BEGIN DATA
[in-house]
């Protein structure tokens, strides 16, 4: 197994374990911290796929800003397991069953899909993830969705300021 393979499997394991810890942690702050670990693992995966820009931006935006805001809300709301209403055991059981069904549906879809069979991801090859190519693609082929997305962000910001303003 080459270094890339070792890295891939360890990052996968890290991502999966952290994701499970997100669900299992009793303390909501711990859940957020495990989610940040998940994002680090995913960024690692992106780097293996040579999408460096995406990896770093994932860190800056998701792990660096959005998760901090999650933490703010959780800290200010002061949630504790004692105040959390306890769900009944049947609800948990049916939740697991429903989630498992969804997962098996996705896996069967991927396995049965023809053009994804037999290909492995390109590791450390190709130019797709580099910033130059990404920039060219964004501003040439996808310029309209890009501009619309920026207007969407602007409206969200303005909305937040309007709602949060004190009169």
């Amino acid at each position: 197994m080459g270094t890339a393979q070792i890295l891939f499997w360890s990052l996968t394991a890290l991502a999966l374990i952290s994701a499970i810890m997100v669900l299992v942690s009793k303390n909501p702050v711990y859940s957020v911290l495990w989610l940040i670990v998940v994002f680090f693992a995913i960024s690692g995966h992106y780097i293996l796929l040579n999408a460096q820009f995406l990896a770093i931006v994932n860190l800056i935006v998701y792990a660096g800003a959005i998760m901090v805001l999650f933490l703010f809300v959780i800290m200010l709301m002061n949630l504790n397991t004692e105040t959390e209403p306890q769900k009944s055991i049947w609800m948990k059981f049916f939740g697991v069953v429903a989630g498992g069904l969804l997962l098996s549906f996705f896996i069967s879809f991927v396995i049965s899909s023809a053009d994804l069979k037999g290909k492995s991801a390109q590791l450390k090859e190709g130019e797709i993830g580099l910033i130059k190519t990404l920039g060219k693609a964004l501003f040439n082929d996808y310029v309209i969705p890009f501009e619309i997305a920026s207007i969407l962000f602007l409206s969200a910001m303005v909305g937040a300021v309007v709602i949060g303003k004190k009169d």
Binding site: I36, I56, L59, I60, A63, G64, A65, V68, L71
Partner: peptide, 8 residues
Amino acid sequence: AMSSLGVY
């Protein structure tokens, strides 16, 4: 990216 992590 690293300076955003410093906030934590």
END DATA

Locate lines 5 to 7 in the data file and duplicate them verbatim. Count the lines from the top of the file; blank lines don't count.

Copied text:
Partner: peptide, 8 residues
Amino acid sequence: AMSSLGVY
């Protein structure tokens, strides 16, 4: 990216 992590 690293300076955003410093906030934590």